Campbell Soup Co. is positioning for margin expansion in its new fiscal year as moderating inflation leads to cost savings and productivity gains.
Core inflation is anticipated to slow to the low single-digit range, from 6% in the final quarter of the year ended 30 July. It peaked at 18% in the opening three months of fiscal 2023, CFO Carrie Anderson explained, as she noted net pricing of 13% in multiple waves over the 12 months.
President and CEO Mark Clouse, discussing the outlook and the past year’s results with analysts, said cost inflation will be “front-loaded” before “improving” over the rest of the year.
“With that kind of moderation, you are enabling your productivity and your cost savings to be more incremental and get back to driving margin expansion,” Clouse added. “Although we are pointing to a tougher Q1 as many of the dynamics in Q4 still are around, we’re not imagining a significant headwind on gross margins.”
Campbell’s adjusted gross margin ended the 2023 financial year at 31.1%, down a touch from 31.4% in the corresponding 12 months. It fell to 30.6% in the final quarter, from 31.3% in the year-earlier period.
Further pricing was not ruled out, however, given the spill-over of the inflationary effects and the impact on consumer purchasing behaviour. Campbell is still lapping 2023’s double-digit pricing, which is likely to be an initial headwind in the new year before a “sequential volume improvement” kicks in, leading to “positive trends” in the second half.
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Volume/mix for the group was down 4% last year, with a 5% decline in the meals and beverages division (12% pricing) and a 2% drop in snacks (net price realisation 15%).
“We’ve had a couple quarters where arguably, we’ve seen consistent, across a pretty broad-based industry, some slowdown and perhaps a little less volume recovery than what many of us might have originally expected,” Clouse explained during the Q&A session yesterday (31 August).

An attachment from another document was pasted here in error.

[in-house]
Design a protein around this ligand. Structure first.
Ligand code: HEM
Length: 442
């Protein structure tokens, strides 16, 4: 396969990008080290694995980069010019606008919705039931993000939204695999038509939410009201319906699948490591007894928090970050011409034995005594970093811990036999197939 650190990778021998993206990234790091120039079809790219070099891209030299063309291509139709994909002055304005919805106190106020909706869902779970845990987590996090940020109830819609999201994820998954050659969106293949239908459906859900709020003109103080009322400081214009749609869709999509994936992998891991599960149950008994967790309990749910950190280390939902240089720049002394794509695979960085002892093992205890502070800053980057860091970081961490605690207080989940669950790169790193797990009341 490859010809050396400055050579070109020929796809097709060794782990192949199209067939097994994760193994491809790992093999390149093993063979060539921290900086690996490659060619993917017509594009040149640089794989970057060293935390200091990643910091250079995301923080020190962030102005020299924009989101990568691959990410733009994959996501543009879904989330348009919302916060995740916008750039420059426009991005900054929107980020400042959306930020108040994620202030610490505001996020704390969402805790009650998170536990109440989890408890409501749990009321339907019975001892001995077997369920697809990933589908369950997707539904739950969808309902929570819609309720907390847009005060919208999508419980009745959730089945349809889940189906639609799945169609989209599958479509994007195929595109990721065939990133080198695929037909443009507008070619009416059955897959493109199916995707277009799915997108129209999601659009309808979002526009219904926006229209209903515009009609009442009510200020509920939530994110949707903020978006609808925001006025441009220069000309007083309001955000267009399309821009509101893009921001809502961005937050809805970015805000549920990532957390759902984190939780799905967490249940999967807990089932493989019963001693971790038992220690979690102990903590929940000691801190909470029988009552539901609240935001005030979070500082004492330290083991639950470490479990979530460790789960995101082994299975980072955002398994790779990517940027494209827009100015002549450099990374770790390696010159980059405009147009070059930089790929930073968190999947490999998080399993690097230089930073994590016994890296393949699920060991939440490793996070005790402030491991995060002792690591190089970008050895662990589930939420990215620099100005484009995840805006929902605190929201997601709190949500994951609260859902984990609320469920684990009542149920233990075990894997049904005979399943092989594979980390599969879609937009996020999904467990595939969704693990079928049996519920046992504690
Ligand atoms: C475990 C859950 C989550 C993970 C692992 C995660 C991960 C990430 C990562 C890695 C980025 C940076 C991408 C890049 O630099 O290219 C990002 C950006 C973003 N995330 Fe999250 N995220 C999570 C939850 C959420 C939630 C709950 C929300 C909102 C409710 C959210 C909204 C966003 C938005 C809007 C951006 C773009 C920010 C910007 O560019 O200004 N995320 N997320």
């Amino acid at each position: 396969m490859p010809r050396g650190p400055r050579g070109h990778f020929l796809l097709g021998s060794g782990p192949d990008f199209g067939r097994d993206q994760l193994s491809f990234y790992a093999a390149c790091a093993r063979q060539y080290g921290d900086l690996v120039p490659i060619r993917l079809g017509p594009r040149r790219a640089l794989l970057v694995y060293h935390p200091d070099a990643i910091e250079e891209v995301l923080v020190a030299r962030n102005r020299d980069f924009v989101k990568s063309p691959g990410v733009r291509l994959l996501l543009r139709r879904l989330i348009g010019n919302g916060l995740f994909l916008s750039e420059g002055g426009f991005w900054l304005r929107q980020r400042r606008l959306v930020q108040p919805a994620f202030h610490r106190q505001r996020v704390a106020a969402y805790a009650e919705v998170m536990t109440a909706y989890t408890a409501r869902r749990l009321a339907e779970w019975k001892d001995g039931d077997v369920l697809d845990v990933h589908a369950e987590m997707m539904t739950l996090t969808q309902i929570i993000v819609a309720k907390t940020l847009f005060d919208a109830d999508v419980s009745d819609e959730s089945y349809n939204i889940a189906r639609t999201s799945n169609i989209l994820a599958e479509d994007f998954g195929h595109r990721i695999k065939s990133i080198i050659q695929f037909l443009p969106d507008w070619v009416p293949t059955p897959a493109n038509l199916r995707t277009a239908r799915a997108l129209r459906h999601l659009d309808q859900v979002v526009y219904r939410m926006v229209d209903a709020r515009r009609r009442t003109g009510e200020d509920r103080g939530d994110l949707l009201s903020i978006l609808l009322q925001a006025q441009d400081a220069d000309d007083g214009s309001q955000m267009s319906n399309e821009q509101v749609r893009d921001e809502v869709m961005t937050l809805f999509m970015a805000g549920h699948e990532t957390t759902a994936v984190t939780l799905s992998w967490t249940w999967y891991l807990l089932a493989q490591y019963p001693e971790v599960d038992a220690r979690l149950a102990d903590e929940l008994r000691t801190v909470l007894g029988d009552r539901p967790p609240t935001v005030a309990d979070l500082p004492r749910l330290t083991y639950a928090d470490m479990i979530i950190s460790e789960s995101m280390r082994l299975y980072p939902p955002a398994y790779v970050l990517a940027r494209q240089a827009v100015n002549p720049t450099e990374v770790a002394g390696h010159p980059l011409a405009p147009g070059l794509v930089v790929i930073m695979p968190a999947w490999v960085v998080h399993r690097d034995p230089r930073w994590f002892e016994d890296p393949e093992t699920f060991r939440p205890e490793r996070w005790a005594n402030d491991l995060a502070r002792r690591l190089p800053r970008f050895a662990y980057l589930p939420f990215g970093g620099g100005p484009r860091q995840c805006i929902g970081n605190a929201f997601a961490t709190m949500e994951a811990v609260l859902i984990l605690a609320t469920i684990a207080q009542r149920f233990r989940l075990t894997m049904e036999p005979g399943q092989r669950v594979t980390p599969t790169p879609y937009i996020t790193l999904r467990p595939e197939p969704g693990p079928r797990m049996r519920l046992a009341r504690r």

“As you’re continuing to build and support the brands the way we’ve been doing it, I think that your volume, and the prediction of volumes improving as you get to that more, I would say normal environment, I think that’s going to be one of the catalysts that helps the sequential improvement through the year.”
However, he suggested seasonality around consumer purchases will play a part on the volume dynamics across the two business divisions – soup, for instance, which is less in demand during the summer months than the autumn and winter period. What Clouse described as a “bifurcation between seasonal categories”.
He added: “We see a migration to categories and purchases that enable consumers to feed a greater number of family members or a greater number of servings. So you see things like pasta, rice, pasta sauce, our cooking condensed soups, hold up and do very well.
“Some of our more single-serve, maybe a little bit more individual products, have been a little bit more impacted by this recent kind of consumer tightening.
“I expect that to continue. But as inflation perhaps moderates through the year, I would expect some of that pressure, or some of that more return to normal, to be present across the fiscal year, although I do see very much especially in the first part of Q1, where we’re still in that summer season.”
With respect to the outlook, Campbell is gearing for “accelerated growth and margin improvement in snacks, and sequential and steady improvement in meals and beverages throughout the year”, Clouse said.
The operating margin for snacks is expected to be above 15%, with “modest operating margin expansion” in meals and beverages expected in the second half of the year. The latter will no doubt be aided by the acquisition of the Sovos Brands Italian sauces and meals business, which is set to be completed by the end of December.
Snacks saw an operating margin improvement last year of 130 basis points to 14.4%, while meals and beverages dipped to 18.2% from 19%.
Elsewhere in the outlook, 2024 reported net sales are anticipated in a range of down 0.5% to up 1.5%, with organic growth expected at flat to a positive 2% as the pricing influence wanes.
Both adjusted EBIT and earnings per share growth are seen at 3-5%, with an adjusted EPS print of $3.09-3.15.
Campbell booked net sales in fiscal 2023 of $9.4bn (+9% reported, +10% organic) and adjusted EBIT growth of 5% to $1.4bn. Adjusted EPS was $3.00, a 5% increase.